Another tactic is playing with a toy that has lots of accessories or pieces. Then have your child verbally ask for each item they need to play with. If your child isn’t responding, model the correct word until your child understands that they are expected to imitate in order to receive the item you are withholding.

Featured Learning Toy: Farm & Animals

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Farm and Animals

This toy is great for eliciting imitation and spontaneous production of animal noises and other simple sounds, such as “mmm,” or other eating/drinking noises.  It is an excellent activity for facilitating pretend play, such as feeding the animals or having them run, jump, etc. It is also great for learning new simple vocabulary by labeling objects and animal body parts. This versatile toy is perfect for children ages 1-3, as you can appropriately adjust expectations for your child’s responses.

Ask an Expert: My child is getting frustrated

I thought once he started speech therapy his language would explode immediately. Now my child is just acting more frustrated with his language skills.

Practice, practice, practice! Now that your child is being asked to use their language more often, they are more likely to get frustrated since you are making them work harder to get what they want. Now, instead of pointing and using gestures, your child is being required to vocalize and use more words. Continuing to model language for your child, providing choices in which he/she is required to use language, and encouraging your child to use their words to request items will all help promote continued language use. Repetition is key, and remember, building language skills takes time and practice!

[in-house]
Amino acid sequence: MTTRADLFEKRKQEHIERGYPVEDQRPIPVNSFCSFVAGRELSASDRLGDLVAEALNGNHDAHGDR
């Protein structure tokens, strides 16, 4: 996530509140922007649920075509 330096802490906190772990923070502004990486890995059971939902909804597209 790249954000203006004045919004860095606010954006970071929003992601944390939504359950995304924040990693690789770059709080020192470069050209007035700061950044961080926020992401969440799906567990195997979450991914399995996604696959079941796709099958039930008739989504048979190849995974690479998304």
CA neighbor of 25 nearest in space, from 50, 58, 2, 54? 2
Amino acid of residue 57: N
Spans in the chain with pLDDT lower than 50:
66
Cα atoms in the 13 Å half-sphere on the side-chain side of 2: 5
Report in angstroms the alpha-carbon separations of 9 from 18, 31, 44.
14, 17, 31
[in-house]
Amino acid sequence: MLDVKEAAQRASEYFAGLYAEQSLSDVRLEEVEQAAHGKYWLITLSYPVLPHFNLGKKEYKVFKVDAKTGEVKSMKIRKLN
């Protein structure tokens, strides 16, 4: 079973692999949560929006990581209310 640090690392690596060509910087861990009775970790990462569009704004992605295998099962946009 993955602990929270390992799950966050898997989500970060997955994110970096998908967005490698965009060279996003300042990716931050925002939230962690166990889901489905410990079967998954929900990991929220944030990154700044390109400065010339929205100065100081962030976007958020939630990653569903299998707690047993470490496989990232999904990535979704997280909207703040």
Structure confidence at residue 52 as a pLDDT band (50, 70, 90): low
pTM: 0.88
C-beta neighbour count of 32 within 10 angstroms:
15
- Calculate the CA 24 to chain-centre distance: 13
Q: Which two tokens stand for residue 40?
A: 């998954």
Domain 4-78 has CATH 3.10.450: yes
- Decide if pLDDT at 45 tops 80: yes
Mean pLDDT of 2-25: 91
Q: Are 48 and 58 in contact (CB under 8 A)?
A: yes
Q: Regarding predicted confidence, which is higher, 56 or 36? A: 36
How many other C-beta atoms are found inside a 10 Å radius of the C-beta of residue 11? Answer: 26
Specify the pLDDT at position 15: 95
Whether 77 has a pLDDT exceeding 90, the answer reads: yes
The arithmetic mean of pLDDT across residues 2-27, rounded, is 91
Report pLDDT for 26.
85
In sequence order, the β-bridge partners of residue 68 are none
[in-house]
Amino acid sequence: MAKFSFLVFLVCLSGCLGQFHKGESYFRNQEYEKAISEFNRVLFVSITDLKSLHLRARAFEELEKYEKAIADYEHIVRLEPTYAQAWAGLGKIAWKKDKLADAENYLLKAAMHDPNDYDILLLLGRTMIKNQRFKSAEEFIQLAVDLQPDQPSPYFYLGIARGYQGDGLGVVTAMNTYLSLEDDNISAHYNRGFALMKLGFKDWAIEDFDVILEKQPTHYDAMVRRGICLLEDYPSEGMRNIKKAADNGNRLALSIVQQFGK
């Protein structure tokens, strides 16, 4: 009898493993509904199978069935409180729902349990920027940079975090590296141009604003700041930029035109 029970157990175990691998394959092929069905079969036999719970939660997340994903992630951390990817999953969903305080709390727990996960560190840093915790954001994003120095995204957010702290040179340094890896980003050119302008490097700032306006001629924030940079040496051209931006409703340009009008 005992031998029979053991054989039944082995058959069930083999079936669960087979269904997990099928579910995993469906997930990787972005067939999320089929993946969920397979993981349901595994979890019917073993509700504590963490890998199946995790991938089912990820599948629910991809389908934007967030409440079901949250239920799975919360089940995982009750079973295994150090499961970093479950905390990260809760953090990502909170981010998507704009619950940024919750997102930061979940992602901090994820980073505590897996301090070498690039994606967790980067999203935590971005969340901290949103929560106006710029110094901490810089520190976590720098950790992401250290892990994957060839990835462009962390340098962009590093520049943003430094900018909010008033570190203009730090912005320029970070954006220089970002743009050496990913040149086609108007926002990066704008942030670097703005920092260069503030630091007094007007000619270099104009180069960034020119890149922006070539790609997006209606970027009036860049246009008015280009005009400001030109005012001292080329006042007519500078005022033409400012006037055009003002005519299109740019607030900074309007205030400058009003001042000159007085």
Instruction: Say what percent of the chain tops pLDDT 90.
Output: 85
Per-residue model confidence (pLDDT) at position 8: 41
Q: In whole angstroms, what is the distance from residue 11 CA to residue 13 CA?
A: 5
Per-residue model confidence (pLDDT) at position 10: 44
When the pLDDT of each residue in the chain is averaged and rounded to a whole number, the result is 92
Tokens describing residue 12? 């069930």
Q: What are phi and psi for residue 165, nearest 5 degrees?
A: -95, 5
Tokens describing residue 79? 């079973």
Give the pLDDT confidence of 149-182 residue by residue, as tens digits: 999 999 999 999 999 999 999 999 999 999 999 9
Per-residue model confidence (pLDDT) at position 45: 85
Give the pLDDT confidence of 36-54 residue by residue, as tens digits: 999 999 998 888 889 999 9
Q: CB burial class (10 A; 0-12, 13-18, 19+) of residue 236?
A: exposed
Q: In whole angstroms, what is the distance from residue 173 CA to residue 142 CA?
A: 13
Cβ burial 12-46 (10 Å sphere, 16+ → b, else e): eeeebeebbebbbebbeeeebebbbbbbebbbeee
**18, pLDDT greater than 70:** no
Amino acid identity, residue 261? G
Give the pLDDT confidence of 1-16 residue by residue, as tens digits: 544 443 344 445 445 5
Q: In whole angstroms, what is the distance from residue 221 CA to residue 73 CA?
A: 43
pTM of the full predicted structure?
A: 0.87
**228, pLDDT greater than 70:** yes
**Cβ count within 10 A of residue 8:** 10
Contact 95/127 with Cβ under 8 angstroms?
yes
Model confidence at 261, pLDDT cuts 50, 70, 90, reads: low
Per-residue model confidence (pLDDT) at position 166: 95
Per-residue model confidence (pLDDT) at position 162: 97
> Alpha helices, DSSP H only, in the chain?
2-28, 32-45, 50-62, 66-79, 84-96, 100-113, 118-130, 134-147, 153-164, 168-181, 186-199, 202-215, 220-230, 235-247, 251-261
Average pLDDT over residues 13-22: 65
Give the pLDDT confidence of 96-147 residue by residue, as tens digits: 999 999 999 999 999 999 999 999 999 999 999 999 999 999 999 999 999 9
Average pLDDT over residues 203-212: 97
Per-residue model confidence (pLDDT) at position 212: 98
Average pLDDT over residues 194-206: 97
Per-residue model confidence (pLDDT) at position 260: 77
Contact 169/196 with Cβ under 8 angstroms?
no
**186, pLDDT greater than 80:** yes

Who needs toys when we have our own creativity?

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Imaginative play is crucial for both cognitive and language development, and the good news is that you can engage in pretend play with your child almost anywhere with little to no supplies! One activity that kids love is to play “grocery store” with food already in your home. Set up food around the room and give your child a bag, box, or bowl (anything you have handy!) for them to carry food in. You can work on vocabulary, action words, requesting, and turn taking, so it is a great way to encourage language development.

How can I prepare my child to succeed in preschool?

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Therapists often receive this question from parents of little ones ready to begin their journey into school. You may be asking yourself, “Is my child ready for preschool?”, “Am I ready to send them to preschool?”, or “Does my child need to attend preschool?”

The preschool environment sets a foundation for your child’s academic success by providing opportunities to interact and engage with peers, participate in structured learning activities, and increase independence. Here are five social-emotional skills to encourage as you prepare your child to enter this new environment.

 

1) Interaction with peers